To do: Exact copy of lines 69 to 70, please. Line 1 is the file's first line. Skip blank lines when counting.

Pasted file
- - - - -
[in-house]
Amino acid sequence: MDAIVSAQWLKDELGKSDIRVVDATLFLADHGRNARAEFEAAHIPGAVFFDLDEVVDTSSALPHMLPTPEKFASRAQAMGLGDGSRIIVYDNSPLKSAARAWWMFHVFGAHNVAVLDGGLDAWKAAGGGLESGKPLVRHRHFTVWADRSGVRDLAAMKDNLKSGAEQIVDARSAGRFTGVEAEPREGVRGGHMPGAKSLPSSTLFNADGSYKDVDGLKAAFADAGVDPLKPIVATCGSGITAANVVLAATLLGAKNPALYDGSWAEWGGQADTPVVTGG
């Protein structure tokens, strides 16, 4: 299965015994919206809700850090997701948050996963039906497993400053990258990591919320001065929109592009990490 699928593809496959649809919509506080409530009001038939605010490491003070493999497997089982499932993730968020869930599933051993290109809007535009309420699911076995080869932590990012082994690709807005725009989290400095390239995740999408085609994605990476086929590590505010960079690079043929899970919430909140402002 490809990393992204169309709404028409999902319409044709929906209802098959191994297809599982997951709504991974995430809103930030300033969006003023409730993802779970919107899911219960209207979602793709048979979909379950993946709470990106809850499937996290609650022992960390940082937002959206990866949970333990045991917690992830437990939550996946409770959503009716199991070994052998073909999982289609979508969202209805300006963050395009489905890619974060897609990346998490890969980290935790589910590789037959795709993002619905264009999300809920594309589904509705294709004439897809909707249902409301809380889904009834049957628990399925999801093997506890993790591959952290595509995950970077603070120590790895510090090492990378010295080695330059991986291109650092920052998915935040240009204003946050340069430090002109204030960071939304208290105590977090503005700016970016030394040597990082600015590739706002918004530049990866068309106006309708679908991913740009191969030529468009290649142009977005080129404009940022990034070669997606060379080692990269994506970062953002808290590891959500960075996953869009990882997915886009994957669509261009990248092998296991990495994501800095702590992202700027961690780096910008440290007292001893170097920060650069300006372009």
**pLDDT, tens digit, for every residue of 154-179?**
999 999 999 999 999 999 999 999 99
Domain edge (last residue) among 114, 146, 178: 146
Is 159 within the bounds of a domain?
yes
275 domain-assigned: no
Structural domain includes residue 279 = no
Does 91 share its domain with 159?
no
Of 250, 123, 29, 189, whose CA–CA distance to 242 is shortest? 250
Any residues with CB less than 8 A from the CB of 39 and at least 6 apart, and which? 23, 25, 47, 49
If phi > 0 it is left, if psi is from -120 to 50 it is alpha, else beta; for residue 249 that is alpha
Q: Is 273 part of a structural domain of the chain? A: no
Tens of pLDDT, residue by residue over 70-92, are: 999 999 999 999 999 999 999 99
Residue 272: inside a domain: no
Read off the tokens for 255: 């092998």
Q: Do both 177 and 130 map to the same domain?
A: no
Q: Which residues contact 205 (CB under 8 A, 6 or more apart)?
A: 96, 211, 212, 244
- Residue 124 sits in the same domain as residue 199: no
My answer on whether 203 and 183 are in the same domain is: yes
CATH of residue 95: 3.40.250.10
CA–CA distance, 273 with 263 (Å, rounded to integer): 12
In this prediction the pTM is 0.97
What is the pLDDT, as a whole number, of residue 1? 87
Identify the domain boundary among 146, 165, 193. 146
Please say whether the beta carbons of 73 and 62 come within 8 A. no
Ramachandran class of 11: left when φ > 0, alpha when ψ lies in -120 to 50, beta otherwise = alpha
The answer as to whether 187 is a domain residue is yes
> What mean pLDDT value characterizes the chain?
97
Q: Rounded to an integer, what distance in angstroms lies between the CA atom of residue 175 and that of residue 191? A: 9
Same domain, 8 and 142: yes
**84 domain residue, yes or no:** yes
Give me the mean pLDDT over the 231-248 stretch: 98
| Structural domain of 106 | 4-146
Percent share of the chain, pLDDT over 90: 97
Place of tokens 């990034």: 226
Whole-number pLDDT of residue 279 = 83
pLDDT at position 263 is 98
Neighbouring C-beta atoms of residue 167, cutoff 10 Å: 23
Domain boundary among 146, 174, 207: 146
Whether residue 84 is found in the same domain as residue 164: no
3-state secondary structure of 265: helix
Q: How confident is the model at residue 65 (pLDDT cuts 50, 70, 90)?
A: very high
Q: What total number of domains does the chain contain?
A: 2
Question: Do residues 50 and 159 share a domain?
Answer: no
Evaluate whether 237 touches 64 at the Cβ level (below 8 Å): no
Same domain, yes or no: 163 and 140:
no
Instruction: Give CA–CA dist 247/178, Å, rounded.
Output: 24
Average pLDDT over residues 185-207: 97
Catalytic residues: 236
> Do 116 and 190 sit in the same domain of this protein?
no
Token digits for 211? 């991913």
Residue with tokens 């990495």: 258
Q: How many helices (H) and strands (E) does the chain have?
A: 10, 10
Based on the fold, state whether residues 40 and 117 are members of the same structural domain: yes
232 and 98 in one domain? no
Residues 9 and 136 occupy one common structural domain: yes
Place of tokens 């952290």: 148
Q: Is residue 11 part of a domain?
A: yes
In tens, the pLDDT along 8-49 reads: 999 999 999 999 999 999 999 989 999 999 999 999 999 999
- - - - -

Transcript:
232 and 98 in one domain? no
Residues 9 and 136 occupy one common structural domain: yes